And even a required background check can be skirted. If the government does not complete the check within three days, the licensed dealer can complete the sale anyway. While the vast majority of checks proceed quickly, some encounter incomplete records or other wrinkles that slow the process. It is foolishness for the law to say, well, okay, here’s your gun anyway. That very loophole enabled Dylann Roof, who murdered nine Black people in a Charleston, S.C., church, to buy a gun he was barred from owning.

Gun-rights advocates frame mandatory background checks as placing an undue burden on someone’s ability to exercise a constitutional right, and universal background checks would interfere with a private sale of a legal item between two individuals.

But that’s not the case. Laws bar certain individuals from owning a firearm, and checking the names of buyers against that list to determine eligibility is a reasonable balance of interests (much like a store clerk checking an ID to make certain a customer can legally buy a six-pack of beer), whether the seller is a gun shop or your neighbor.

And the federal government is not building a gun registry, as the gun rights people argue; the records of who wants to buy a weapon are kept by gun dealers, and by law the government can’t computerize the handwritten records if they receive them after a gun dealer goes out of business.

Further, they argue, background checks do not keep criminals from buying firearms. While the checks may not be 100% effective (by definition, criminals break laws), more than 3 million purchases have been blocked out of more than 278 million checks performed since they were first required under the 1994 Brady Act. Closing the loopholes will make a difference.

The House has passed two bills to tighten up background checks: the Bipartisan Background Checks Act, which would extend background checks to gun shows and many other exchanges between private parties, and the Enhanced Background Checks Act, which would give the government 10 days to complete a background check instead of three. Sen. Majority Leader Charles E. Schumer (D-N.Y.) has pledged to bring them up in the Senate, and President Biden urged passage of both bills during his address to Congress on Wednesday night.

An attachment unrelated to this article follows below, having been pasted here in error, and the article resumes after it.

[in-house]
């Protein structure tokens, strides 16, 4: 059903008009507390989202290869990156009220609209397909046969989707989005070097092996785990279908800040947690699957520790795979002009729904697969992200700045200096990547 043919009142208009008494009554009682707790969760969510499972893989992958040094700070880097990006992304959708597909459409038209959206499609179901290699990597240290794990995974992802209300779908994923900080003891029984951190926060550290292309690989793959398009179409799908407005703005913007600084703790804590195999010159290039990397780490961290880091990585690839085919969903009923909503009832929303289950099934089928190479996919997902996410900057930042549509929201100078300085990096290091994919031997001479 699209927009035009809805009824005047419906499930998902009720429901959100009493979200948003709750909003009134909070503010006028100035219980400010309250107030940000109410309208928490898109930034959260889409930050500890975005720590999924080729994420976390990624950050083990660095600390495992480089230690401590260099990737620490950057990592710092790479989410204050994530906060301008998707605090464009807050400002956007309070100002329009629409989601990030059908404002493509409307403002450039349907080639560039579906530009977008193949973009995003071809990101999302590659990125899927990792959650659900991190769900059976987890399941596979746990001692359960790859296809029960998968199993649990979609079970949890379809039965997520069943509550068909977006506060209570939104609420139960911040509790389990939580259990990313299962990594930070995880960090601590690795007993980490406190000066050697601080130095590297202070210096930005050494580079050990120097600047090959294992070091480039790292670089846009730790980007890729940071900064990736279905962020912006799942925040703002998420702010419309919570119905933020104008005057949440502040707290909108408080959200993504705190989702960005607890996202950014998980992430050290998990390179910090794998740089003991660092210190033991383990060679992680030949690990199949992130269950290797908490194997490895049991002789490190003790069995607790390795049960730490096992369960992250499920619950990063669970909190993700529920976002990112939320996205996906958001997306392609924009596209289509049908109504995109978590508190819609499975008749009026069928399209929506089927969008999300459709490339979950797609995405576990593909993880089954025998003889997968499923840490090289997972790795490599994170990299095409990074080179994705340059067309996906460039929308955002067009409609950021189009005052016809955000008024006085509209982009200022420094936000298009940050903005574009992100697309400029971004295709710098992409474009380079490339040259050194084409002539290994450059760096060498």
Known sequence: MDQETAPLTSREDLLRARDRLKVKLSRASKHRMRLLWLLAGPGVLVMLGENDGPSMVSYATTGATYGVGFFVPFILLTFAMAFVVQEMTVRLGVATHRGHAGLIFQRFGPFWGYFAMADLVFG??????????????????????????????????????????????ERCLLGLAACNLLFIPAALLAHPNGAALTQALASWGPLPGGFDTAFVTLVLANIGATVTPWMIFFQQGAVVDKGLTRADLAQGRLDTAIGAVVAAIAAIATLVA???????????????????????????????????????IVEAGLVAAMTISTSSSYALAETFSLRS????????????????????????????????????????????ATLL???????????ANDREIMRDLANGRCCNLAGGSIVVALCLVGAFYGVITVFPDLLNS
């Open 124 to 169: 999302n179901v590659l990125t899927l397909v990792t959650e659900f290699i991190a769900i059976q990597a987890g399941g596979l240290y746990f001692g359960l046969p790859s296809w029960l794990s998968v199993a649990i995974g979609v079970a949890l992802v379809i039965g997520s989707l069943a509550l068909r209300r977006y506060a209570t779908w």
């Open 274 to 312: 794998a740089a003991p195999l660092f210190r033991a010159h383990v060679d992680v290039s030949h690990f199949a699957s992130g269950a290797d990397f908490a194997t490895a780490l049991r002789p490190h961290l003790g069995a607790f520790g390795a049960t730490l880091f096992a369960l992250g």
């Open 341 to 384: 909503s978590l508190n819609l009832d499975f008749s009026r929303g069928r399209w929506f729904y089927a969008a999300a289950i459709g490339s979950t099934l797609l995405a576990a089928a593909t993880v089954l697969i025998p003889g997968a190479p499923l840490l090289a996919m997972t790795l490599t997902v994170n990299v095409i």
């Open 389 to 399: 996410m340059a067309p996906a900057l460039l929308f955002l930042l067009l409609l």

Unfortunately, the measures still need support from at least 10 Republicans to overcome the inevitable filibuster by gun-rights zealots in the Senate. The nation can only hope that enough of them will find the courage to put public safety first and support these measures.

But to state the obvious, passing sensible gun control measures comes down to politics. People telling pollsters they support such laws is one thing; telling your representatives and Congress to put public safety ahead of the financial interests of the gun lobby is another, more crucial step. Reach out, make your voice heard.

ONLINE: https://www.latimes.com/opinion/story/2021-05-03/congress-guns-nra-background-checks

___

April 29

The Orange County Register on the lack of “common sense” in proposed gun laws:

Gun-control supporters often propose what they describe as “common sense” gun laws.

It’s their latest mantra, but a host of new California firearms proposals makes clear that many of these proposals are more nonsensical than common sense. Reducing gun crime is a noble aim, but it’s hard to see how the latest proposals will move in that direction.

Senate Bill 264 by Sen. Dave Min, D-Irvine, would ban gun shows on state property – a symbolic measure that will not reduce gun violence. Gun buyers and sellers at, say, public fairgrounds must follow strict state regulations. There’s no connection between gun shows and violence. The shows will move to private venues.

Assembly Bill 1223 from Assembly member Marc Levine, D-San Rafael, would impose an excise tax of as much as 11 percent on the sale of guns and ammunition to fund California Violence Intervention and Prevention (CalVIP) grants. Some community-based programs might help, but others seem unproven at best. If such programs work, nonprofits should fund them.

Assembly Bill 1057 from Assembly member Cottie Petrie-Norris, D-Laguna Beach, sounds good on the surface. It expands California’s “red flag” law, which lets law enforcement confiscate weapons from people who they deem dangerous, to apply to “ghost guns.” Those are untraceable home-built firearms that have become popular thanks to the Internet and 3D printing.